In Raphael Varane and Paul Pogba, the French have two of the most promising young players in the world representing their nation. Varane, a big and athletic central defender, just made his debut on the World Cup stage this year. In Pogba, France has 2013’s winner of the Golden Boy award, a yearly award given to a player under the age of 21 who has excelled in a top European league. Previous winners include the likes of Mario Balotelli, Sergio Aguero, Cesc Fabregas, and Lionel Messi. In short, Pogba has already had an enviable career at the young age of 21 (watch the video).
But it’s not just the younger players bringing talent to this team. Karim Benzema is an absolute monster of a forward, sometimes bullying smaller defenders for the ball, and other times using his skill to finesse his way to the front of the goal. Valbuena is one of the trickier players in the tournament at this point, and keep an eye out for the threatening forward runs of both outside fullbacks, Evra and Debuchy. So how do they match up against this year’s German squad?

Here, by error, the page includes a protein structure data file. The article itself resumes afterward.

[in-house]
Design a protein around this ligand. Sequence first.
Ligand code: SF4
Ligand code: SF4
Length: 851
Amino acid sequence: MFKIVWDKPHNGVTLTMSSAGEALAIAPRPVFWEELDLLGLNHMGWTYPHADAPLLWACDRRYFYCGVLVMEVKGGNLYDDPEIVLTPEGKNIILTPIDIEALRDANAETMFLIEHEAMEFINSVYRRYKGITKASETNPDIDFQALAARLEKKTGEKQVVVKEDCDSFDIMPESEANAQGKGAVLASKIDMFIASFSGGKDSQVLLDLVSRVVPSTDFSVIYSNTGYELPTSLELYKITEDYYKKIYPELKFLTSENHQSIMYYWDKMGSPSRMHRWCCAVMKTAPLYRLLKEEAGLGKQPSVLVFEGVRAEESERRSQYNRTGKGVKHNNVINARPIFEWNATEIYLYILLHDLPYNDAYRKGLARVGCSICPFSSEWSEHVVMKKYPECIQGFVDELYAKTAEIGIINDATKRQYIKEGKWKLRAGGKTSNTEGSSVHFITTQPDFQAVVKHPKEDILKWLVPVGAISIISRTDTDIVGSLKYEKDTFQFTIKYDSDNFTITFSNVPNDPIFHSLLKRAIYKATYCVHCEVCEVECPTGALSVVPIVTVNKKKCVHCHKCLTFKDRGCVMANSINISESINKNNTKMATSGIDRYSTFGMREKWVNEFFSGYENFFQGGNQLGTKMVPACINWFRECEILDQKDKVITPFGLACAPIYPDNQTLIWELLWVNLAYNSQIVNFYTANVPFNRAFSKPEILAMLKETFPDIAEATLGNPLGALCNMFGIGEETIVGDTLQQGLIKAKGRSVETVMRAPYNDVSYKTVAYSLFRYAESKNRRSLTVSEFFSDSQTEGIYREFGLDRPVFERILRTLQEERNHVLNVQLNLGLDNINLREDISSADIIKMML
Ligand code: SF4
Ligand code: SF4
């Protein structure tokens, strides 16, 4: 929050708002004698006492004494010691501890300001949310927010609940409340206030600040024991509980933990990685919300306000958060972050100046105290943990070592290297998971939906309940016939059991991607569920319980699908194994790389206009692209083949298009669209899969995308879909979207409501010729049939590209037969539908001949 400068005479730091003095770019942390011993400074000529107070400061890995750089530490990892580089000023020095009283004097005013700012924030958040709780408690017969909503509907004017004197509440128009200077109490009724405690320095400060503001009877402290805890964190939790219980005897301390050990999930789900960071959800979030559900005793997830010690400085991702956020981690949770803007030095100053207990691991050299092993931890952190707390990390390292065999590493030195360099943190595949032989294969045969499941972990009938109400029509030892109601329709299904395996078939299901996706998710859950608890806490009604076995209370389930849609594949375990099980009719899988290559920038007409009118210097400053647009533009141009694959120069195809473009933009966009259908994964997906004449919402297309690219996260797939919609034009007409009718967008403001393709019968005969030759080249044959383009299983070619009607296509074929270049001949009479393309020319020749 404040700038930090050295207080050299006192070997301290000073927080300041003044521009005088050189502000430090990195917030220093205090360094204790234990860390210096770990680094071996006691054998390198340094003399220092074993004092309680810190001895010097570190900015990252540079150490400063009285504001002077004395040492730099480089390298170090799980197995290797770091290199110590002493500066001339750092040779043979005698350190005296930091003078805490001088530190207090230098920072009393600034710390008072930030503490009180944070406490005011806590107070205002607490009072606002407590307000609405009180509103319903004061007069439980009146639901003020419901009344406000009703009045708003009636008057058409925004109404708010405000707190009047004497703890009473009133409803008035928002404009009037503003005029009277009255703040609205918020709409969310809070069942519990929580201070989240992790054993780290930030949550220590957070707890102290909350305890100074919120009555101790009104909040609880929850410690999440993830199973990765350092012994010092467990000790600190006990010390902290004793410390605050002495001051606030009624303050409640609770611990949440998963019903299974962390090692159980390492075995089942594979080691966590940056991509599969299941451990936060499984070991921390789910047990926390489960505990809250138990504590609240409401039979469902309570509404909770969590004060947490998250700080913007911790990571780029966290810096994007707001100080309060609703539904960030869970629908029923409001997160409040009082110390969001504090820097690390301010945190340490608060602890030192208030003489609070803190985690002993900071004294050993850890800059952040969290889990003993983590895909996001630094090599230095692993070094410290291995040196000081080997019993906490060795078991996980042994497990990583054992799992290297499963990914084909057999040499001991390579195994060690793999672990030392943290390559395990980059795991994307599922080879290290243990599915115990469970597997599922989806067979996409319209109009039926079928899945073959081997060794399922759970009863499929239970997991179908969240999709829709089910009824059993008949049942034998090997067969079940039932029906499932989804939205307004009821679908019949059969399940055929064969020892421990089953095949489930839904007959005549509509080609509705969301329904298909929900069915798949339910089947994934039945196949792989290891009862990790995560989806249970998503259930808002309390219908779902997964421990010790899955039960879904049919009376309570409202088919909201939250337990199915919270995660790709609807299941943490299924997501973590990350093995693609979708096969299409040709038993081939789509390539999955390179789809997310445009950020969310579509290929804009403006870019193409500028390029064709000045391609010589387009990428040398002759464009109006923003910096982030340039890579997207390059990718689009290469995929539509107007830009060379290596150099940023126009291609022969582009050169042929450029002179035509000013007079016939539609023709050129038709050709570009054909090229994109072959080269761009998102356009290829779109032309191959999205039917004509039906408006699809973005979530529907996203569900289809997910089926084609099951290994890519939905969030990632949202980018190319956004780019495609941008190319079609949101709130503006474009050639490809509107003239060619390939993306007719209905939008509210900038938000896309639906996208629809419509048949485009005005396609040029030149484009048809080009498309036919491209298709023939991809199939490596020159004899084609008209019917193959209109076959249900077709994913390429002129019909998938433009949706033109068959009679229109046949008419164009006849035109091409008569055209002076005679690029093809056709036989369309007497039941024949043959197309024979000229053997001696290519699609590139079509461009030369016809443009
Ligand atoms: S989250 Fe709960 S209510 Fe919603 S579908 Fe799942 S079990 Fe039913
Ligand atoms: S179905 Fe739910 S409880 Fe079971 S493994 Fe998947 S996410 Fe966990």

In terms of the raw numbers, Germany has a serious advantage here. The Germans earn about $15 million more than the French. Many of the German players also play for Bayern Munich, and have grown accustomed to playing alongside one another throughout the year. The fact that such a significant number of Germans play together year round may have something to do with how seamlessly the German attack functions. On the other hand, the French attackers have had a bit harder time working alongside one another. For example, both Olivier Giroud and Benzema tend to function better as the lone striker in attack, despite still playing different styles. While Benzema prefers to attack his defenders more directly, Giroud plays more with his back to the goal waiting to involve his teammates in the attack.